Changing into his Air Wave guise, he found that the radio waves in the area were being jammed, another part of Bentley's plan. The criminal needed to pull a few hold-ups to get some cash before exacting his revenge on the hero. Bentley and his men robbed a tollbooth, while Air Wave used the direction finder in his helmet to triangulate where Bentley was from the jamming signal.

The signals took Air Wave toward the bridge, and he strode across it on the telephone wires using his special skates. Unfortunately, one of the wires broke, having been cut through by one of Bentley's men, who proceeded to knock the hero out. Bentley suspended Air Wave under the bridge, by wires secured to the track of the trolley that passed over the bridge regularly. Once it did this time, the ropes would be cut and Air Wave would fall to his death in the river far below.

Air Wave awoke as the trolley neared and was able to swing over to the main support of the bridge, using the electromagnetic soles of his shoes to grip the pylon. He freed himself from his bonds by cutting them with the sharp flanges of his wire-riding skates, and headed back up top and launched himself into Bentley's men.

Soon afterwards, Bentley was once again back in prison, this time with the rest of his gang and a greater yen for revenge against Air Wave.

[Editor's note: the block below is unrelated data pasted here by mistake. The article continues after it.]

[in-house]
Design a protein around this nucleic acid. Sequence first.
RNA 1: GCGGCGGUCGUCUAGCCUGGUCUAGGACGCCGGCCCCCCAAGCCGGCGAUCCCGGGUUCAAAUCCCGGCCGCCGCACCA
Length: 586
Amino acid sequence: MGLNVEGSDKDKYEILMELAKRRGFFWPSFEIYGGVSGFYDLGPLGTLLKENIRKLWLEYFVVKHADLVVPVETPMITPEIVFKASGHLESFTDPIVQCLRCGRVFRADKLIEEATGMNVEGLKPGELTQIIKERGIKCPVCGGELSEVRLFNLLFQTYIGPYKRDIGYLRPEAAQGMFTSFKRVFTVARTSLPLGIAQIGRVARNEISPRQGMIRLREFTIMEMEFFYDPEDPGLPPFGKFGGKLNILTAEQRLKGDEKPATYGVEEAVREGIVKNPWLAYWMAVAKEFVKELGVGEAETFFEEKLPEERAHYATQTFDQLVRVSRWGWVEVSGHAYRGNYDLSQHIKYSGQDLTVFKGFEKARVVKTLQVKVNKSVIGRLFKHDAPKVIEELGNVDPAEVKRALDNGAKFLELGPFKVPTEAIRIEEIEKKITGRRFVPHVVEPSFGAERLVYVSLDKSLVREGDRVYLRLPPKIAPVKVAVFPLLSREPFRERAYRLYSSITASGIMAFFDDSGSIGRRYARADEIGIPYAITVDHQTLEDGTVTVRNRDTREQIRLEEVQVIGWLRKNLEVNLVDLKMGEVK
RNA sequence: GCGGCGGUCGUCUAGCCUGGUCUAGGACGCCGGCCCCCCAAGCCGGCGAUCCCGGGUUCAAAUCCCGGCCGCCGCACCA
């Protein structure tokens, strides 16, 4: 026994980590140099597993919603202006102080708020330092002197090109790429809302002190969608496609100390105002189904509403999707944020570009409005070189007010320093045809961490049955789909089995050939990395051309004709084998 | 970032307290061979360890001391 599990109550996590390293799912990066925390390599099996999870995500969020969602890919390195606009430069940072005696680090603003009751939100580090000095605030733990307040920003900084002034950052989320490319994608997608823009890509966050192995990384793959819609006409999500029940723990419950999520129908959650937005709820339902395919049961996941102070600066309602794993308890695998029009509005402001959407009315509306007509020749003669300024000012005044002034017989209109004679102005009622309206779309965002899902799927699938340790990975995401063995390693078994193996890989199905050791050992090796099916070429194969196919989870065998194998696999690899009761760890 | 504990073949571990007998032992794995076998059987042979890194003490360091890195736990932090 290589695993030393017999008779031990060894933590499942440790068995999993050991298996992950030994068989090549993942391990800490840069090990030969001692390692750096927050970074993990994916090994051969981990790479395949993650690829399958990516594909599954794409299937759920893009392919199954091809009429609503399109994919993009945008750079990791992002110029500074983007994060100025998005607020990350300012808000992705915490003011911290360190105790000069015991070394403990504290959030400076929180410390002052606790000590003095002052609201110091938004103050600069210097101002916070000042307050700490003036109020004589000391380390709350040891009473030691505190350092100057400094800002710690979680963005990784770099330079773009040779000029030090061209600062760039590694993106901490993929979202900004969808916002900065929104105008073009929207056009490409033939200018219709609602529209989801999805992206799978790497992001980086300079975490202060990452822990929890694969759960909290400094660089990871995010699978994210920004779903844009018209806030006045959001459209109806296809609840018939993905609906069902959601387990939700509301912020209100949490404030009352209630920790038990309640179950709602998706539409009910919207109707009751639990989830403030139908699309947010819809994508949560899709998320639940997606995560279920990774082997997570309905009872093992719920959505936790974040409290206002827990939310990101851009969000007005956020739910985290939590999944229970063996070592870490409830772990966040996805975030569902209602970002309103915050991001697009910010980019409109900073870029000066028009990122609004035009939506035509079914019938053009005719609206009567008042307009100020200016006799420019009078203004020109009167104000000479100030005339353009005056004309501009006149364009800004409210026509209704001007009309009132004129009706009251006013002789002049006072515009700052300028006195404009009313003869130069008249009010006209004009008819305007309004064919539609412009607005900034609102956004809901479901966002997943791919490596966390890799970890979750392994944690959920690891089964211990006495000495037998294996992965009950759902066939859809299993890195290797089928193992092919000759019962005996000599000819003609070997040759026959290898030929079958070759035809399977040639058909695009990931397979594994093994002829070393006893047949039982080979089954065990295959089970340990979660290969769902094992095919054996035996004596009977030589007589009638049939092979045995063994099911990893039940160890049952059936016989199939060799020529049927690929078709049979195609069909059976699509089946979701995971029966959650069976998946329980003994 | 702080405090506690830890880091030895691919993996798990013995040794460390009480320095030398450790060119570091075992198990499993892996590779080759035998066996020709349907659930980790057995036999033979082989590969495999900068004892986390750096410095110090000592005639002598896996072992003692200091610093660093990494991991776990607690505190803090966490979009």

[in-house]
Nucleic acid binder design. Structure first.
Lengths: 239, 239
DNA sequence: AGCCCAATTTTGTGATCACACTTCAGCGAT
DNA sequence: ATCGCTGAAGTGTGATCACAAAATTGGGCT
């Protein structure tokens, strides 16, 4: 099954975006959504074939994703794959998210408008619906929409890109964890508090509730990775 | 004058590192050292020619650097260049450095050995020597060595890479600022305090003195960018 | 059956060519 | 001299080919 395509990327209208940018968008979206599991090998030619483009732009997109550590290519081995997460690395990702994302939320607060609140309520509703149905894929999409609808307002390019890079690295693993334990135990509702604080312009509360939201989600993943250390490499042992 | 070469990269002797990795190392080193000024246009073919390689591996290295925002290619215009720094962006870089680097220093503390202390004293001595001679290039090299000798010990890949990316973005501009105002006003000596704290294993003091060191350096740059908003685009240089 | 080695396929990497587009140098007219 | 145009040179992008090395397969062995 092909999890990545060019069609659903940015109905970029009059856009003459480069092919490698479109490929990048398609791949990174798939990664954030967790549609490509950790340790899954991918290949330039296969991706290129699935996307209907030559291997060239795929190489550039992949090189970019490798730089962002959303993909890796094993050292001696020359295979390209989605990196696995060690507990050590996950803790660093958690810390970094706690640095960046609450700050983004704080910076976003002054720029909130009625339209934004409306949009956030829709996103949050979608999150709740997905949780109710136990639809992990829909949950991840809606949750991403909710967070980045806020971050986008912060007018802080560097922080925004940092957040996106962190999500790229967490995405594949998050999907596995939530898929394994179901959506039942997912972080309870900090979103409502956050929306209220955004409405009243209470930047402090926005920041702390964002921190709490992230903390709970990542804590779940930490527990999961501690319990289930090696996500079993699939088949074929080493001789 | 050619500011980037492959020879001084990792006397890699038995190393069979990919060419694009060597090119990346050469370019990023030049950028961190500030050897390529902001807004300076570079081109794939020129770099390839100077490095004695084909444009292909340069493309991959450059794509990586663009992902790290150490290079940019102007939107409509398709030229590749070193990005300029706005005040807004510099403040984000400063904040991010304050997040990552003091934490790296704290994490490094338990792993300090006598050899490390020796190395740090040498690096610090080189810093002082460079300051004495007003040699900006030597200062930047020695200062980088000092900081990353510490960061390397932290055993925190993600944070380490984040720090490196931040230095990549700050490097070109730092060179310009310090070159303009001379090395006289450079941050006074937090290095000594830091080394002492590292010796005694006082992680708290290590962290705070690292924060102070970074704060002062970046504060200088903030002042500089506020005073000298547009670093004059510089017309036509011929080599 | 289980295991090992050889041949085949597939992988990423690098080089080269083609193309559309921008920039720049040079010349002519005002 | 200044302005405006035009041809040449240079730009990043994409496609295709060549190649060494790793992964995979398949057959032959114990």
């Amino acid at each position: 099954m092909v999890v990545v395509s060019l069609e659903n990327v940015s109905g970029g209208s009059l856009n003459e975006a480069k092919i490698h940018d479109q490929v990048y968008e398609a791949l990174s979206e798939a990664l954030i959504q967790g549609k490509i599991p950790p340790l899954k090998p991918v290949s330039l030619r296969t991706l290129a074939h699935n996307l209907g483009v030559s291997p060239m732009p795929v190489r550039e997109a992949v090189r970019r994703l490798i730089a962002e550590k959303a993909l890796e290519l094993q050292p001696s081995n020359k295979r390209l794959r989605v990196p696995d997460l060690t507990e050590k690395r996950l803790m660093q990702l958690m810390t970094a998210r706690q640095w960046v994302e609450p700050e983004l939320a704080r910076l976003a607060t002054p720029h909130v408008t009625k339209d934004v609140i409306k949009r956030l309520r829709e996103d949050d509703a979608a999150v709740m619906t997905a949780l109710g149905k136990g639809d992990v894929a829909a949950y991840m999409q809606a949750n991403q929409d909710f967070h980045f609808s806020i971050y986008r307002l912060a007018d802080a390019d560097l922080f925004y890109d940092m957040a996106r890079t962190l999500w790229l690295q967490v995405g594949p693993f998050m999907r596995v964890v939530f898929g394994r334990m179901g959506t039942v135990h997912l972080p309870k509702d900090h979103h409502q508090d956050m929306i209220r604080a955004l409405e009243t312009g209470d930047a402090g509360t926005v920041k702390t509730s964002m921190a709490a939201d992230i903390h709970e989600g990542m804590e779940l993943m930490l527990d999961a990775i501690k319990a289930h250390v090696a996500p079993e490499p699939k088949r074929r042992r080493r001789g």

• Detective Comics #88

posted July 22, 2003 07:06 PM

Not to buck the subject or anything, but I've been doing quite a bit of research lately on a DC character that I haven't seen mentioned at all in any of the previous Obscure DCU Characters rounds:

The Shadow

I know a lot about this guy. For one, he paved the way for 'dark' heroes like Batman. Originally a pulp hero from the late 30's all the way through the 40's, DC did a comic series with Denny O'Neil as the editor and Mike Kaluta doing the art in the 70's. Then when the 80's came around (86 roughly until 89) a succession of other SHADOW comics by DC were published, done by Andy Helfer and Howard Chaykin. Then in the early 90's there was a series called THE SHADOW STRIKES!, done by Gerard Jones.

What I'm looking for are links between the Shadow and other DC heroes. In the 70's we had two BATMAN issues (#253 and #259) which featured the Shadow as a supporting character, and I've run across a note that in BATMAN #336 it was mentioned that the Shadow had 'retired'. The Avenger shows up in some of the 70's O'Neil/Kaluta SHADOW series, and I know Doc Savage (another name some people could kick around for quite a while) was featured in a few issues of THE SHADOW STRIKES!. Unfortunately, the Avenger and Doc Savage are also pulp heroes which DC decided to work into their comics for a few issues each.